Still No Human Rights Accountability in Sri Lanka

Still no end to serious human rights violations

Amnesty No Accountability Aug 28 2013

Amnesty’s Live Wire blog film on “Sri Lanka’s Authorities Must Tell the Trut”

29th August 2013
Index Number: ASA 37/021/2013
UN Human Rights Council
Twenty-Fourth Session
9th-27th September
Item 4

Still no human rights accountability in Sri Lanka: still no end to serious
human rights violations

Sri Lanka has still not taken genuine, substantial measures to meet
important human rights obligations. It has done little to end impunity;
serious human rights violations remain ubiquitous. Since the Human Rights
Council (HRC)’s adoption in March 2013 of Resolution 22/1 on ‘Promoting
reconciliation and accountability in Sri Lanka,’ the government, has made
some new promises to investigate alleged violations and to implement more
of the recommendations made by its own Lessons Learnt and Reconciliation
Commission, but it has made little progress implementing the reforms it
had already promised.

There is a growing body of evidence of serious violations of human rights
and humanitarian law during the armed conflict, some amounting to war
crimes or crimes against humanity. These include enforced disappearances,
extrajudicial executions and the intentional shelling of civilians and
protected areas such as hospitals. The Sri Lankan government continues to
deny these violations outright without adequate investigation. It denies
credible allegations of crimes under international law committed by its
forces during Sri Lanka’s armed conflict and resists calls to investigate
senior officers allegedly responsible for violations.

Authorities continue to threaten and harass critics, particularly media
activists, students and even artists. Torture in police custody persists with
impunity. They claim to seek reconciliation between communities, but
appear to tolerate escalating attacks on minorities.. There have been more
than 20 reported attacks on Muslim places of worship, as well as businesses
in the past year. There was no known investigation into a July attack on
Arafa Jumma mosque in Mahiyangama; a government Minister simply
ordered the mosque closed.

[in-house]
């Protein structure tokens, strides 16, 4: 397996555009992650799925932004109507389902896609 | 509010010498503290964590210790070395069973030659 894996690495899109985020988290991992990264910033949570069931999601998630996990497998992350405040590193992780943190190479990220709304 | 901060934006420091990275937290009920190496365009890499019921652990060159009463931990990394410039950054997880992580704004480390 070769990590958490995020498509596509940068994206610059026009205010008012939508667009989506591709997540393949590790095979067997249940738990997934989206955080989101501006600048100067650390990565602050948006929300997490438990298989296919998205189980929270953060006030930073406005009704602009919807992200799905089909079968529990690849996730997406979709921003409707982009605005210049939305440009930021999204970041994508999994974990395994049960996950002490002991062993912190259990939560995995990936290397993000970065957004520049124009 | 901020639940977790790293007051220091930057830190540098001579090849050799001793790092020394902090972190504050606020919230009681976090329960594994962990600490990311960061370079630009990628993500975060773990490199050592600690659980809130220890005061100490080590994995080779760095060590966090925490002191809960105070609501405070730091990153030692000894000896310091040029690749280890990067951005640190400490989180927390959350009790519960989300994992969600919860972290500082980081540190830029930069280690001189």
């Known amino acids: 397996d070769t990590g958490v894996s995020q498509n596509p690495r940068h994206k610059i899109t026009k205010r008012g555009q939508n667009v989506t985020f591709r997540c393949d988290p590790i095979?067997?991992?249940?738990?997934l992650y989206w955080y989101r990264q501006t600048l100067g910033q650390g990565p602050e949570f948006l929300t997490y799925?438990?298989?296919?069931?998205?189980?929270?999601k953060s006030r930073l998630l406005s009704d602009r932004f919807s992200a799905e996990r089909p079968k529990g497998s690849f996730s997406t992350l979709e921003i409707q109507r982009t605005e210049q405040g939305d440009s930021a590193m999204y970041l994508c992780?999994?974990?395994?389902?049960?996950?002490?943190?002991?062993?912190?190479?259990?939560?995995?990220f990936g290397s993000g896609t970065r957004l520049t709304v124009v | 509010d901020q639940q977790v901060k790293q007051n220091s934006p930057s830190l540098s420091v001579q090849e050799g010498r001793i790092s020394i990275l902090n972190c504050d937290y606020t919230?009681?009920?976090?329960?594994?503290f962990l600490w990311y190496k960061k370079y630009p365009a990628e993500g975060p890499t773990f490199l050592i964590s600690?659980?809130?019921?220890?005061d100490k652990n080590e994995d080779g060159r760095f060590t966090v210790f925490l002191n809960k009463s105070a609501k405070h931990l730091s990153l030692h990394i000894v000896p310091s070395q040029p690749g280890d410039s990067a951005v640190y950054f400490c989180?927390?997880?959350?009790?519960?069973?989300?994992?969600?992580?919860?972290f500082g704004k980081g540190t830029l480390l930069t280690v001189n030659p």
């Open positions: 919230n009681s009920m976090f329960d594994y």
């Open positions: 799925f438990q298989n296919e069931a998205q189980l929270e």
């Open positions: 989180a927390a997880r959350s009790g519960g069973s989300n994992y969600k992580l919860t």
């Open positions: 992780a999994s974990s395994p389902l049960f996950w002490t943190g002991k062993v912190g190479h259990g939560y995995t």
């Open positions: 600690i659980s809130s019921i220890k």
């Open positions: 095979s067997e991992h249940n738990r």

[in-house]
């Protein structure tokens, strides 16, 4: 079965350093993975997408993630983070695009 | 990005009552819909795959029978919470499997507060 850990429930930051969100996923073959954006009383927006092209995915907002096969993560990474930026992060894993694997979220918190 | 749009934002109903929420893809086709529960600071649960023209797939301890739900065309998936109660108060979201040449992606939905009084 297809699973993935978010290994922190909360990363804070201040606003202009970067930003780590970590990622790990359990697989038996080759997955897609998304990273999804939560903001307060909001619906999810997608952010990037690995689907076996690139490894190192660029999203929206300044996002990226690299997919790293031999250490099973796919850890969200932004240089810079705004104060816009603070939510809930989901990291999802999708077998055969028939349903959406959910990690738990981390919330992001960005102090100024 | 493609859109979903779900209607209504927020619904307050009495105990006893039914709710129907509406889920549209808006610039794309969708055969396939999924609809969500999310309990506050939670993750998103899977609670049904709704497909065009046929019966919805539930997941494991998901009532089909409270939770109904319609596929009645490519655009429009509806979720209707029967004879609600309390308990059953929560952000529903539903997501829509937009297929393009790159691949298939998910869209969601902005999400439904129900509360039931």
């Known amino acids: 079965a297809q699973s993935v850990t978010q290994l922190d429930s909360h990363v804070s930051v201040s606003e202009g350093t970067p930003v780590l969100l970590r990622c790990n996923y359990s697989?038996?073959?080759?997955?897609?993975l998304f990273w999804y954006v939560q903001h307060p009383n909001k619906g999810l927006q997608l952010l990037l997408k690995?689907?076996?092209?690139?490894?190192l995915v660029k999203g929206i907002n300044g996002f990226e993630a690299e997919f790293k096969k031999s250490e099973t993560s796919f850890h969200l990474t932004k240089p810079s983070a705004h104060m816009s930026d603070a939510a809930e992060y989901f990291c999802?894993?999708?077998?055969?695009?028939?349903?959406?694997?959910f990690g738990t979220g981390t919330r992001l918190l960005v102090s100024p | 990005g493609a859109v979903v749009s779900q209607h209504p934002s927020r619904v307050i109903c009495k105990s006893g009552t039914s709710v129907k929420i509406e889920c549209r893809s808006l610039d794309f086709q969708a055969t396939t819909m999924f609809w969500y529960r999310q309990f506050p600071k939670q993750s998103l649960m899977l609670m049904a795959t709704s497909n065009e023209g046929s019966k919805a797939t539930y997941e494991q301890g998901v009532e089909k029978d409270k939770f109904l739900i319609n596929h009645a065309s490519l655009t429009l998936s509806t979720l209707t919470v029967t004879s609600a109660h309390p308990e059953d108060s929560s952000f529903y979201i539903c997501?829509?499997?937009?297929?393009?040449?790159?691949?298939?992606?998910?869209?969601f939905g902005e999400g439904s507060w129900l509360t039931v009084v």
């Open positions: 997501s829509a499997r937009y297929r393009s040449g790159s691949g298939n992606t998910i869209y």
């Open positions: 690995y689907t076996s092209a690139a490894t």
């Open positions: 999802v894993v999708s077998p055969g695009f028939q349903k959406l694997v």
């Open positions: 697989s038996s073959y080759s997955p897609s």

In the run-up to the first ever provincial council elections to be held in the
Tamil majority Northern Province, opposition candidates, activists and
journalists engaged in public debates over key political issues– such as
military control of land — have come under attack. Unidentified assailants
have attacked the staff of Jaffna based Uthayan newspaper three times in
the past six months. In July its journalist Kunalan Dileep, who was covering
election issues, was assaulted. None of these incidents have been
effectively investigated.

On 1 August three people were killed and scores injured when soldiers fired
automatic weapons to disperse unarmed villagers protesting against
industrial pollution of their water supply.iii One victim was allegedly beaten
to death by security forces while sheltering from the violence in a church.
The authorities continue to rely on the Prevention of Terrorism Act (PTA) in
lieu of ordinary criminal law for routine policing. The PTA restricts freedom
of expression and association and has been used to detain critics. It permits
extended administrative detention, and reverses the burden of proof where
torture or other ill-treatment of detainees is alleged. The PTA should be
substantially amended to conform with international standards or repealed.iv
Human rights and political activists, lawyers and journalists have been
interrogated, threatened and assaulted as a result of their work. None of the
incidents known to Amnesty International have been effectively investigated,
and no prosecutions have been initiated. People calling for accountability
for past and ongoing human rights violations, including human rights
defenders attempting to communicate concerns to the UN, have been
harassed and threatened. In some instances, individuals suspected of
‘internationalizing’ these issues through associations with foreign colleagueshave been detained and tortured.

Producers of a film ‘Flying Fish’ that
officials deem to have depicted Sri Lanka’s armed forces in a negative light,
were threatened with legal action; its director was called a “traitor” by statecontrolled media.

In July, Sri Lanka announced the arrest of security force personnel alleged
to have been involved in the January 2006 extrajudicial execution of 5
students in Trincomalee. These suspects were once arrested in 2006, and
released, supposedly for lack of evidence. The commanding officer, named
by several witnesses as having been present during or ordering the attack,
was not arrested. The government also announced that it had directed the
police to compile a list of witnesses to the August 2006 massacre of 17 aid
workers with Action Contre la Faim (ACF) in Muttur – something that should
have happened years ago. These apparent efforts to investigate these cases,
albeit seven years late, are encouraging, but it is too early to determine if
they are genuine. In both cases, witnesses have reported threats by security
forces to prevent them from revealing what they know about the killings, and
several have fled the country. Given Sri Lanka’s climate of impunity,
relatives of victims have told Amnesty International they fear these
investigations will stall. Renewed investigations in these cases must be